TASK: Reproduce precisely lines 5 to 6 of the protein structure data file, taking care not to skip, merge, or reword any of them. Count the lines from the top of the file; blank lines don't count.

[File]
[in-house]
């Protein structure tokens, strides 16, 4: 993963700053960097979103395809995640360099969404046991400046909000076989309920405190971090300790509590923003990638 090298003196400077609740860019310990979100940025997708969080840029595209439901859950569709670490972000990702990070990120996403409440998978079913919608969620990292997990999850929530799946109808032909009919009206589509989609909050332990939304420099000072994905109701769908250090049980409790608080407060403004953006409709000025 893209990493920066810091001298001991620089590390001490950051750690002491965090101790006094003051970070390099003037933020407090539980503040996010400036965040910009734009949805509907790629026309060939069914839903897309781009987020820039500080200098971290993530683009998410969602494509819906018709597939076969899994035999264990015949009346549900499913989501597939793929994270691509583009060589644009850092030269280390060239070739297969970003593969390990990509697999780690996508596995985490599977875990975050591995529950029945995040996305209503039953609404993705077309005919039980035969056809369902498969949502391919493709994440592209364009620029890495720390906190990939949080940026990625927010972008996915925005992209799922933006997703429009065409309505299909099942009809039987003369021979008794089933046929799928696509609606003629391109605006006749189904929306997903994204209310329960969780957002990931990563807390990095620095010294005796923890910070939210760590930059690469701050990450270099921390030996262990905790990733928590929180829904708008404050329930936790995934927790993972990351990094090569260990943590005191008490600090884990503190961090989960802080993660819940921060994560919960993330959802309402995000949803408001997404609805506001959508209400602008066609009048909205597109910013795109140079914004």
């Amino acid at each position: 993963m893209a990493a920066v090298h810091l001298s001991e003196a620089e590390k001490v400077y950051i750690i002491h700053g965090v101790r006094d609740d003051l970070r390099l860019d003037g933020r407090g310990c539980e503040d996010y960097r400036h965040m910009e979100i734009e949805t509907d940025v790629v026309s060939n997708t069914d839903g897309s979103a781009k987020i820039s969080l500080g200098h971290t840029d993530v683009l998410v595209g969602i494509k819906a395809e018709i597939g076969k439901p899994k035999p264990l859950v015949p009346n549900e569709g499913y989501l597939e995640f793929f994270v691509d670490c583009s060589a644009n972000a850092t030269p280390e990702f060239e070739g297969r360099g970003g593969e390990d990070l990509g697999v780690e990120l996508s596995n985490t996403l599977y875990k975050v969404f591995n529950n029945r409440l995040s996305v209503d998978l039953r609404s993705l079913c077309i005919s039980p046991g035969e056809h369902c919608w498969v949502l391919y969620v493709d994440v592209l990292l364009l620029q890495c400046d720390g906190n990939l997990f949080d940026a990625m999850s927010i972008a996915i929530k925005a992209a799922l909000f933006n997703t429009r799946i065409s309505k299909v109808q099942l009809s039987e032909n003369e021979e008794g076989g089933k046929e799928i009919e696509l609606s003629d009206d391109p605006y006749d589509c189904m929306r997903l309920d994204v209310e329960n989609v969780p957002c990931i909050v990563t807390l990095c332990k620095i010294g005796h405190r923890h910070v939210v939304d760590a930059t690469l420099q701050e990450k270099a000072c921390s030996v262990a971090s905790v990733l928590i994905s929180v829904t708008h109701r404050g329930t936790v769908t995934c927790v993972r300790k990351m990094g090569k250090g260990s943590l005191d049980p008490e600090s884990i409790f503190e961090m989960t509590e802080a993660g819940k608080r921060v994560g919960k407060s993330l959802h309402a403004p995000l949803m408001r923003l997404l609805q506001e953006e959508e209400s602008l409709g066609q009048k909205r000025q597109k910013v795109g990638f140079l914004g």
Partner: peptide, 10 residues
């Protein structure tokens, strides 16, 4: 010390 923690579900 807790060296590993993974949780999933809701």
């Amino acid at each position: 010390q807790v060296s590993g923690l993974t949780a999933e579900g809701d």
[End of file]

């Protein structure tokens, strides 16, 4: 010390 923690579900 807790060296590993993974949780999933809701």
């Amino acid at each position: 010390q807790v060296s590993g923690l993974t949780a999933e579900g809701d």